The Police have arrested a 26-year-old man and a 17-year-old female teenager for their suspected involvement in a series of e-commerce scams involving the sale of trading cards.

In October 2020, the Police received several reports from victims who were purportedly cheated by an online seller selling Pokemon trading cards at a discounted price on Carousell. After payments were made by the victims via bank transfers and PayNow/PayLah, the seller became uncontactable.

Through investigations and collaboration with Carousell, officers from the Commercial Affairs Department established the identities of the duo and arrested them on 12 October 2020. Preliminary investigations revealed that the duo is believed to have cheated more than 10 victims of more than $2,000.

The man will be charged in court on 14 October 2020 with cheating under Section 420 of the Penal Code, Chapter 224. The offence of cheating carries a jail term of up to 10 years and a fine. Investigations against the teenager are ongoing.

The Police take a serious view of persons who may be involved in scams and frauds, and perpetrators will be dealt with, in accordance with the law. The Police would like to advise members of the public to be very careful when making online purchases:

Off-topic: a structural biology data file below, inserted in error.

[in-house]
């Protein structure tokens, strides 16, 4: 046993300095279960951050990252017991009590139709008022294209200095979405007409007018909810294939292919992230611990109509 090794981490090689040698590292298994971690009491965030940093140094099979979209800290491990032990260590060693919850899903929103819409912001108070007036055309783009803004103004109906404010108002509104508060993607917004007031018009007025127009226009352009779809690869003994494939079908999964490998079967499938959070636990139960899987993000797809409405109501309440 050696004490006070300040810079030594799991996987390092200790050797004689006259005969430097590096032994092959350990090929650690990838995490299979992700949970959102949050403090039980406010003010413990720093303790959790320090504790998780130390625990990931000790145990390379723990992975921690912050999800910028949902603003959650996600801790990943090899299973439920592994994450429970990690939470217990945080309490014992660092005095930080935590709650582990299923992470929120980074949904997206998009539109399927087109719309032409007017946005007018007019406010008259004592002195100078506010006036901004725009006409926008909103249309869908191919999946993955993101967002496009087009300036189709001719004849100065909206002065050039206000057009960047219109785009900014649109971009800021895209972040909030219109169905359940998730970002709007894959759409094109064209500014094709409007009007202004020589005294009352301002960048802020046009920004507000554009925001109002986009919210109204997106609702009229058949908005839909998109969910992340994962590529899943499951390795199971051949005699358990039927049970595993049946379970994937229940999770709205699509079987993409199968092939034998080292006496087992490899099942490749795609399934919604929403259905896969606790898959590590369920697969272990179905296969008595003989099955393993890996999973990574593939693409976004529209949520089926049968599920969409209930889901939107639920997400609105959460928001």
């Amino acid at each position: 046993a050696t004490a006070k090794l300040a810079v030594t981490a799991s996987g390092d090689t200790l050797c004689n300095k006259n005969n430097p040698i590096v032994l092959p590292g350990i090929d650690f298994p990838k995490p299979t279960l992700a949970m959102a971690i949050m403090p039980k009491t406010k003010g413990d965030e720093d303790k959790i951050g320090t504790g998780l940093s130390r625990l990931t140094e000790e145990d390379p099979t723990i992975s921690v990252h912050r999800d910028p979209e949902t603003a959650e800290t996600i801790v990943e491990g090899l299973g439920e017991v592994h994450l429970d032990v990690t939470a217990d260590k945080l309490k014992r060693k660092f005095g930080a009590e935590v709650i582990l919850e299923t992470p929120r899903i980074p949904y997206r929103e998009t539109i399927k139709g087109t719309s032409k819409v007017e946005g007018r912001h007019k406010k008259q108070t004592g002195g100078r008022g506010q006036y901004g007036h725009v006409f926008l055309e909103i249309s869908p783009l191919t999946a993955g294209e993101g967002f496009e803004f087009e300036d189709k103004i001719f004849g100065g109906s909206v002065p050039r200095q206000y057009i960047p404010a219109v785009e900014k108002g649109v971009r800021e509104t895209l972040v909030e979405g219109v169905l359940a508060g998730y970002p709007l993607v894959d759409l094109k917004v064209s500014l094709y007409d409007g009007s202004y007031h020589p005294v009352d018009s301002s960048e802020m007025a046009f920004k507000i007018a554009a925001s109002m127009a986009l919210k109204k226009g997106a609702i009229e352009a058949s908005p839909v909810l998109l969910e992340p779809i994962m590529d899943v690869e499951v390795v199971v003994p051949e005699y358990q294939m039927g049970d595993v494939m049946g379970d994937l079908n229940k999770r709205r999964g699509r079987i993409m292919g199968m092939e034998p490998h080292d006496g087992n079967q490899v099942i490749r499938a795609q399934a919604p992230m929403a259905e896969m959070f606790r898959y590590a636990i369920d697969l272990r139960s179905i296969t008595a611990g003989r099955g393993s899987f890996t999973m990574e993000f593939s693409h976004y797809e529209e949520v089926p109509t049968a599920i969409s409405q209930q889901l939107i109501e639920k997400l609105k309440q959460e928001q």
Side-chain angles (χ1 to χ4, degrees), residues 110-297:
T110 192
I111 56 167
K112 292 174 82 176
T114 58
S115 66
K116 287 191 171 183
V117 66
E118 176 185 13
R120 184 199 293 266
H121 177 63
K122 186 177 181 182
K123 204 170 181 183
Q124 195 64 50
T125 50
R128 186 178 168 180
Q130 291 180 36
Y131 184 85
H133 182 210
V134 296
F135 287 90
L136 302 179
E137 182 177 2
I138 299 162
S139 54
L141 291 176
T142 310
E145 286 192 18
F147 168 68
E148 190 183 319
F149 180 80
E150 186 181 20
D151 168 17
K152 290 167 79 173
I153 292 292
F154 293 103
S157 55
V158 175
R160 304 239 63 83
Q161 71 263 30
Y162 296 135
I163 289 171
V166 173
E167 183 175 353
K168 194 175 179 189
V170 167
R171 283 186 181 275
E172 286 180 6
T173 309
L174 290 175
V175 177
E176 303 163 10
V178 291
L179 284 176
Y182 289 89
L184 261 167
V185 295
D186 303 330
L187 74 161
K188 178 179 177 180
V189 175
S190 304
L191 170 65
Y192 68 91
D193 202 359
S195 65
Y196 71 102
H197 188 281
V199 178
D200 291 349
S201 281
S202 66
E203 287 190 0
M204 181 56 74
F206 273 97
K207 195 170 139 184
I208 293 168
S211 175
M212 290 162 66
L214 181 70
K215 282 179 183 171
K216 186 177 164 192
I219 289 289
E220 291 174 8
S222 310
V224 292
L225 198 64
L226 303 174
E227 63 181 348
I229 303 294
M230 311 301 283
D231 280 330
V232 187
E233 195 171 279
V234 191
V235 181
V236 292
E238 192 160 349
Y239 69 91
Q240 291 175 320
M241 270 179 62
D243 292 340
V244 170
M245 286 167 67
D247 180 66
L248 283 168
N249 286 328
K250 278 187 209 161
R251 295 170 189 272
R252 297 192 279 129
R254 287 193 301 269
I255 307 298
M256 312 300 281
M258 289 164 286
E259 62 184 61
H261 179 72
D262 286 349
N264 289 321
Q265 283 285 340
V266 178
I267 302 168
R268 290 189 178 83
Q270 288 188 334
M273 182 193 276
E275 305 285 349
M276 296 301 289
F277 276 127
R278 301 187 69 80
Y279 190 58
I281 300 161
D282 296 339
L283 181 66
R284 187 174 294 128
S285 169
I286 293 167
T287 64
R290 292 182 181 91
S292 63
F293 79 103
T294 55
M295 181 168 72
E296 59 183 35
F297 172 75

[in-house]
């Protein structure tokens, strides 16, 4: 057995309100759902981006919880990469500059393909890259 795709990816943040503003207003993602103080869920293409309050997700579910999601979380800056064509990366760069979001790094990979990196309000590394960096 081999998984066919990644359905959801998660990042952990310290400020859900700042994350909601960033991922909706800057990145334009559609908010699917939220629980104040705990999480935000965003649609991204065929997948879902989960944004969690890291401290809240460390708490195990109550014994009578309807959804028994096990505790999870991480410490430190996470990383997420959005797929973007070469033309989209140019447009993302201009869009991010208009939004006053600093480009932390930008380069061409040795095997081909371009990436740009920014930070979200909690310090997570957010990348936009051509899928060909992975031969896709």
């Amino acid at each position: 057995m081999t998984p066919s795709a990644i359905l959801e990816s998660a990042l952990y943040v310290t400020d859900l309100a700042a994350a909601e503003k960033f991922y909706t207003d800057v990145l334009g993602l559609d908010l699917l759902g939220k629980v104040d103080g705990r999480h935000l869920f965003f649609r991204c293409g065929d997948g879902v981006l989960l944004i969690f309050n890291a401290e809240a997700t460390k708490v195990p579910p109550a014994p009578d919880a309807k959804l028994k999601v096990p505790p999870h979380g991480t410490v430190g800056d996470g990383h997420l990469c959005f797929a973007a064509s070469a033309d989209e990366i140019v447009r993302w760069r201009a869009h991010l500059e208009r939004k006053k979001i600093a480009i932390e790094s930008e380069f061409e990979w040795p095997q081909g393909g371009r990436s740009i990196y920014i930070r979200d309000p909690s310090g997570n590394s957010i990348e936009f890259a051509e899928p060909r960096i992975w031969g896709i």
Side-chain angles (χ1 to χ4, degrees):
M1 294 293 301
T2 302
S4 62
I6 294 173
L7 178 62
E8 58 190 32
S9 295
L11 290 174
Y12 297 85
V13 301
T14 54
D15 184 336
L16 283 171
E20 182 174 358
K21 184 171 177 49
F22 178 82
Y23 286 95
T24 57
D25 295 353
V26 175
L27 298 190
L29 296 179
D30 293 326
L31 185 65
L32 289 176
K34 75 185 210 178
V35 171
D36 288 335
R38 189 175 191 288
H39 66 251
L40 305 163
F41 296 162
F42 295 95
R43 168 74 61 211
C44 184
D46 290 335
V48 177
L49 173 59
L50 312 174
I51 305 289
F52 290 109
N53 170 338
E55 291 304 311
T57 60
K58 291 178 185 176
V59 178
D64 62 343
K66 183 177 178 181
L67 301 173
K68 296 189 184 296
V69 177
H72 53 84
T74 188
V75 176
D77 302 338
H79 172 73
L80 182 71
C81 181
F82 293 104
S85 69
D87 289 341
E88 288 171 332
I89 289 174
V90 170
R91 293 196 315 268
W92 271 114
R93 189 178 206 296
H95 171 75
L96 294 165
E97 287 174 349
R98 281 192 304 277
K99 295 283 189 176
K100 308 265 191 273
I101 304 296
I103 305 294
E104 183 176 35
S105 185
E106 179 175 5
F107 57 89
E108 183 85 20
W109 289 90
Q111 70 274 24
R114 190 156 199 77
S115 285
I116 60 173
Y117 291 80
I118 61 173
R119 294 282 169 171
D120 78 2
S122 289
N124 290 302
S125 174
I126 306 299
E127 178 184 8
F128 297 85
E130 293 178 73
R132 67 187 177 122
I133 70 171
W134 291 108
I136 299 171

1. Opt for buyer protection by using in-built payment options that release payment to the seller only upon delivery. Whenever possible, avoid making advance payments or direct bank transfers to the seller.


  1. Scammers may entice buyers to contact them directly through messaging platforms such as WhatsApp or WeChat by offering a better or faster deal if bank transfer payments are made directly to them. They may also use a local bank account or provide a copy of a NRIC/driver’s licence to make you believe that they are genuine sellers. Do not fall for it!


  1. If the price is too good to be true, it probably is. Purchase only from authorised sellers or reputable sources, especially for high-value items.

For more information on scams, members of the public can visit scamalert.sg or call the anti-scam hotline at 1800-722-6688. Anyone with information on such scams may call the Police hotline at 1800-255-0000 or submit information online at www.police.gov.sg/iwitness.



Source: Singapore Police Force